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Journal of Transport Geography 19 (2011) 11631172
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Journal of Transport Geography
journal homepage: www.elsevier .com/ locate / j t rangeo
A strategic network choice model for global container flows: specification,estimation and application
Lrnt Tavasszy a,, Michiel Minderhoud b,1, Jean-Franois Perrin c,2, Theo Notteboom d,3a Delft University of Technology, Faculty of Technology, Policy and Management, Jaffalaan 5, 2628 BX Delft, The Netherlandsb TNO Mobility and Logistics, P.O. Box 49, 2600 AA Delft, The Netherlandsc Ile de Frances Roads Direction, Traffic Management and Technologies Service, 79 C, Avenue du Marchal de Lattre de Tassigny, 94 002 Crteil, Franced ITMMA, University of Antwerp, Keizerstraat 64, 2000 Antwerp, Belgium
a r t i c l e i n f o
Keywords:Intermodal transportFreightContainersGlobal networksPort choice
0966-6923/$ - see front matter 2011 Elsevier Ltd. Adoi:10.1016/j.jtrangeo.2011.05.005
Corresponding author. Tel.: +31 152782679; fax:E-mail addresses: email@example.com (L. Tava
tno.nl (M. Minderhoud), jean-francois.perrin@de(J.-F. Perrin), firstname.lastname@example.org (T. Notteboom
1 Tel.: +31 152696815; fax: +31 152696854.2 Tel.: +33 141787300; fax: +33 142071651.3 Tel.: +32 3 265 51 49; fax: +32 3 265 51 50.
a b s t r a c t
Container flows have been booming for decades. Expectations for the 21st century are less certain due tochanges in climate and energy policy, increasing congestion and increased mobility of production factors.This paper presents a strategic model for the movement of containers on a global scale in order to analysepossible shifts in future container transport demand and the impacts of transport policies thereon. Themodel predicts yearly container flows over the worlds shipping routes and passing through 437 con-tainer ports around the world, based on trade information to and from all countries, taking into accountmore than 800 maritime container liner services. The model includes import, export and transhipmentflows of containers at ports, as well as hinterland flows. The model was calibrated against observed dataand is able to reproduce port throughput statistics rather accurately. The paper also introduces a scenarioanalysis to understand the impact of future, uncertain developments in container flows on port through-put. The scenarios include the effects of slow steaming, an increase in land based shipping costs and anincreased use of large scale infrastructures such as the Trans-Siberian rail line and the opening of Arcticshipping routes. These scenarios provide an indication of the uncertainty on the expected port through-puts, with a particular focus on the port of Rotterdam in the Netherlands.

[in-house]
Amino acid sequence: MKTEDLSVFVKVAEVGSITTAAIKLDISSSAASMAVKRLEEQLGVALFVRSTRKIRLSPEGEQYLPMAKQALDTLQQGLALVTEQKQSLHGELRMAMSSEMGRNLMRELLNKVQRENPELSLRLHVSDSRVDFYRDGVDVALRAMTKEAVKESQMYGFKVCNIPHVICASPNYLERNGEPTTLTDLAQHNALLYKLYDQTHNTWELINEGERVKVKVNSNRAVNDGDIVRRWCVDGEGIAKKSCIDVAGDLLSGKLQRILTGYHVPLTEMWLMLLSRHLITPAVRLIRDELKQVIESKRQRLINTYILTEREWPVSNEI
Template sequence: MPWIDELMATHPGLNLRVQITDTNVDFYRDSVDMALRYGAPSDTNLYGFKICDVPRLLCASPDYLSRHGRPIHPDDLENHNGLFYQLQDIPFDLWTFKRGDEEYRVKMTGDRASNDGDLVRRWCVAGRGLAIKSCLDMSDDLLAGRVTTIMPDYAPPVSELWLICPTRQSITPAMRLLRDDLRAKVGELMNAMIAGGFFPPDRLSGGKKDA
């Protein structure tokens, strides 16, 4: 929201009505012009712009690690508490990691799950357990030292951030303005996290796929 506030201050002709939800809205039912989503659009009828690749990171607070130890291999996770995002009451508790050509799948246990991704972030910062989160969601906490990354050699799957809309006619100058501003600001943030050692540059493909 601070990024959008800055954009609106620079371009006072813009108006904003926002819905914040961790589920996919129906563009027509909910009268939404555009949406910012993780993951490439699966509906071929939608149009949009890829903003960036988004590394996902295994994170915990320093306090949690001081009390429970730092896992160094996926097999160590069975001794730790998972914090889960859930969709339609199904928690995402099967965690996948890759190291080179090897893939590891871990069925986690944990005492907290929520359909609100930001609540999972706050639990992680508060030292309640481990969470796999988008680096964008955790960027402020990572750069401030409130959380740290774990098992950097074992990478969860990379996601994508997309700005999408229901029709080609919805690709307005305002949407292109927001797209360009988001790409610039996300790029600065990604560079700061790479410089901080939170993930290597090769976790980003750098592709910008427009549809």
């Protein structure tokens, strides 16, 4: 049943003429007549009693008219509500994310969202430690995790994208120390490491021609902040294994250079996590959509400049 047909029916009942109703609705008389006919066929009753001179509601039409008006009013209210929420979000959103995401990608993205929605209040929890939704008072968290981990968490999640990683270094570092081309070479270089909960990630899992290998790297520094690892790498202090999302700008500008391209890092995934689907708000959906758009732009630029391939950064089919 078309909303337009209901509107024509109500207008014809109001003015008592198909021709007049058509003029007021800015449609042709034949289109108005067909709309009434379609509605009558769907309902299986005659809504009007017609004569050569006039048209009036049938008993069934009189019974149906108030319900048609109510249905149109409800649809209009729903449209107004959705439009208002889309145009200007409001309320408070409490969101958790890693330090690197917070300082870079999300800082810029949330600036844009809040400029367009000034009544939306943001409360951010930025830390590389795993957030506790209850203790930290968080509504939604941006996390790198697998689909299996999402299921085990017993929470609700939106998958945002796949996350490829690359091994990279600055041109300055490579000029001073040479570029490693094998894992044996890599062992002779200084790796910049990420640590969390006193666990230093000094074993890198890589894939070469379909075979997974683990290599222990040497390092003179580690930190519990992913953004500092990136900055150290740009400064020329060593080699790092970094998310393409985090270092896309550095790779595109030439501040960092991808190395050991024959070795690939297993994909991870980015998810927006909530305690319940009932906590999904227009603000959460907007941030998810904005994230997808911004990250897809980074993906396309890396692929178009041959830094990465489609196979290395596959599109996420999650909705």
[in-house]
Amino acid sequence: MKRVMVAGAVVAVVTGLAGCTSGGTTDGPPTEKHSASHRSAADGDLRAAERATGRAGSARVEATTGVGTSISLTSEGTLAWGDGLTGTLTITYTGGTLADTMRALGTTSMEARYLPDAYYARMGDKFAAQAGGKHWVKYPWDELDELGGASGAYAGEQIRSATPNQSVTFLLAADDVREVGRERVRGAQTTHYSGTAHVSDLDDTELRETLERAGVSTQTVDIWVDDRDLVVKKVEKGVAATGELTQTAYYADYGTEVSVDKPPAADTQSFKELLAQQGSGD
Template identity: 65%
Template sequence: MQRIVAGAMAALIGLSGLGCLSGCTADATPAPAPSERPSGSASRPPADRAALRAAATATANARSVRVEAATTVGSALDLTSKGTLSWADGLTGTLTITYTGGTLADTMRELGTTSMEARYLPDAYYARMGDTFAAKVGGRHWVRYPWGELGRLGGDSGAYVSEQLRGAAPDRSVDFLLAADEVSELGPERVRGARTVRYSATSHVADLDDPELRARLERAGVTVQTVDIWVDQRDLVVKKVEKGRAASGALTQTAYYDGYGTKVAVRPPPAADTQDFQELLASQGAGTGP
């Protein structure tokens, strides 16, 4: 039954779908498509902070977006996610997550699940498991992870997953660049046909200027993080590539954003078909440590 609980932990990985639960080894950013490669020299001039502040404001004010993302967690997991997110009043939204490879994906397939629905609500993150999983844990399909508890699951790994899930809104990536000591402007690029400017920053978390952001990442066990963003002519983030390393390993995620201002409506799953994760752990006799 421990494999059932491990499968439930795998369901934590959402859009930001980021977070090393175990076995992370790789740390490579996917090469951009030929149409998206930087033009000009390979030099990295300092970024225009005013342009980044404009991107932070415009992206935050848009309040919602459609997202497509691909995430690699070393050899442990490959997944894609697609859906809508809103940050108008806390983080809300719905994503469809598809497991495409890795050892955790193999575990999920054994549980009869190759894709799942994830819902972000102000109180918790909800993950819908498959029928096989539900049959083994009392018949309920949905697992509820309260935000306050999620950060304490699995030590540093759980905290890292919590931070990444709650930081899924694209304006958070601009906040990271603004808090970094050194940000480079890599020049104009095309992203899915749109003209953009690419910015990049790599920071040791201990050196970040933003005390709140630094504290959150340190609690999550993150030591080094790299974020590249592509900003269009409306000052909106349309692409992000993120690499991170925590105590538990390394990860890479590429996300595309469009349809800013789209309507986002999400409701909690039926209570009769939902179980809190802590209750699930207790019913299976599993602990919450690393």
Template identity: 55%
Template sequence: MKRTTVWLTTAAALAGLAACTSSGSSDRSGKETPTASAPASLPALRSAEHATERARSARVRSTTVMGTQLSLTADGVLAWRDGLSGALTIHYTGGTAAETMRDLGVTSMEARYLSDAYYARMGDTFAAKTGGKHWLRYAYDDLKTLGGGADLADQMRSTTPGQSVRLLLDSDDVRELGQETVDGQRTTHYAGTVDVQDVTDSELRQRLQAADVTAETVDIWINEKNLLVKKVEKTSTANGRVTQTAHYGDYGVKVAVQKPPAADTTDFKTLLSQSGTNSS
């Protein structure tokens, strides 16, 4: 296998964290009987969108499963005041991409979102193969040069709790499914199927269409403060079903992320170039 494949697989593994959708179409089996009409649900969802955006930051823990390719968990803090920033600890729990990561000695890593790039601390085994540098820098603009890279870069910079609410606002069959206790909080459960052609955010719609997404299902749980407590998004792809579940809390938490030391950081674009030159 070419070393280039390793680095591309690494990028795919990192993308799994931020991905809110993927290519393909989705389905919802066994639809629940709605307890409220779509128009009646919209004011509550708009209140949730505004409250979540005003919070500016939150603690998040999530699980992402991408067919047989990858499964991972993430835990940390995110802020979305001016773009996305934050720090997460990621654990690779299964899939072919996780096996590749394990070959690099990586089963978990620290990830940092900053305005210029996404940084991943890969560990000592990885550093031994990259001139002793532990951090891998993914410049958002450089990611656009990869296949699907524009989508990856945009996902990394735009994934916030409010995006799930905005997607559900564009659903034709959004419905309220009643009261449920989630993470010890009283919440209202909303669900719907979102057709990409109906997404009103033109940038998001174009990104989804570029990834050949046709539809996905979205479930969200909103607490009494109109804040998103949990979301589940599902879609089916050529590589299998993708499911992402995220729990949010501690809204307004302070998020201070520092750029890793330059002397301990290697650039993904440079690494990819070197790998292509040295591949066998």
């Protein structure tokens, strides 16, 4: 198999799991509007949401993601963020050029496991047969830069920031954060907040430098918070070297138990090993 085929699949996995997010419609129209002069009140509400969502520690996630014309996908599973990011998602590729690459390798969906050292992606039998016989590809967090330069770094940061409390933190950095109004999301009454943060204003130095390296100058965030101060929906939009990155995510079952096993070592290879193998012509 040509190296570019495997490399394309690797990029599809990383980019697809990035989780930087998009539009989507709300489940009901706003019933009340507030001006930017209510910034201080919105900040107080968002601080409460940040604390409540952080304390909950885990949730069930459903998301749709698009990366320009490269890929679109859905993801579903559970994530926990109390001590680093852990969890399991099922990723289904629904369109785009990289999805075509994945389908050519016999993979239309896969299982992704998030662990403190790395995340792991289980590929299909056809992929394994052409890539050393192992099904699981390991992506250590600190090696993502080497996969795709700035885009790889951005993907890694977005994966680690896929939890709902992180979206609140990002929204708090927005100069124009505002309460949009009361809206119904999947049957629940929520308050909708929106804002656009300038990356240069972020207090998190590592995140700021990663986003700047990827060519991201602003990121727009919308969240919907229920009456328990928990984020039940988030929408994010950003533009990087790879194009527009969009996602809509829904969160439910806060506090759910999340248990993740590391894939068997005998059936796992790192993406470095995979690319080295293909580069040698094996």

2011 Elsevier Ltd. All rights reserved.
International trade has increased rapidly during recent decades(see Fig. 1). Between 1948 and 1992, world trade grew from 57.5billion USD to 3600 billion USD. Since the beginning of the1960s, the share of containerized cargo in the worlds total dry car-go movements has increased significantly. The major growth polesfor maritime transshipment shifted to Asia (Borrone, 2005) andcontributed to a recent surge in cargo throughput in all Europeanports (Ruijgrok and Tavasszy, 2008) which lasted till the start ofthe economic crisis in late 2008. Worldwide, the growth in con-tainerisation has been facilitated by the opening up of the terminaloperating industry through processes of port commercialization,corporatization and privatization (Notteboom and Winkelmans,2001) and by massive terminal capacity extensions all over theworld.
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+31 152696854.sszy), Michiel.email@example.com).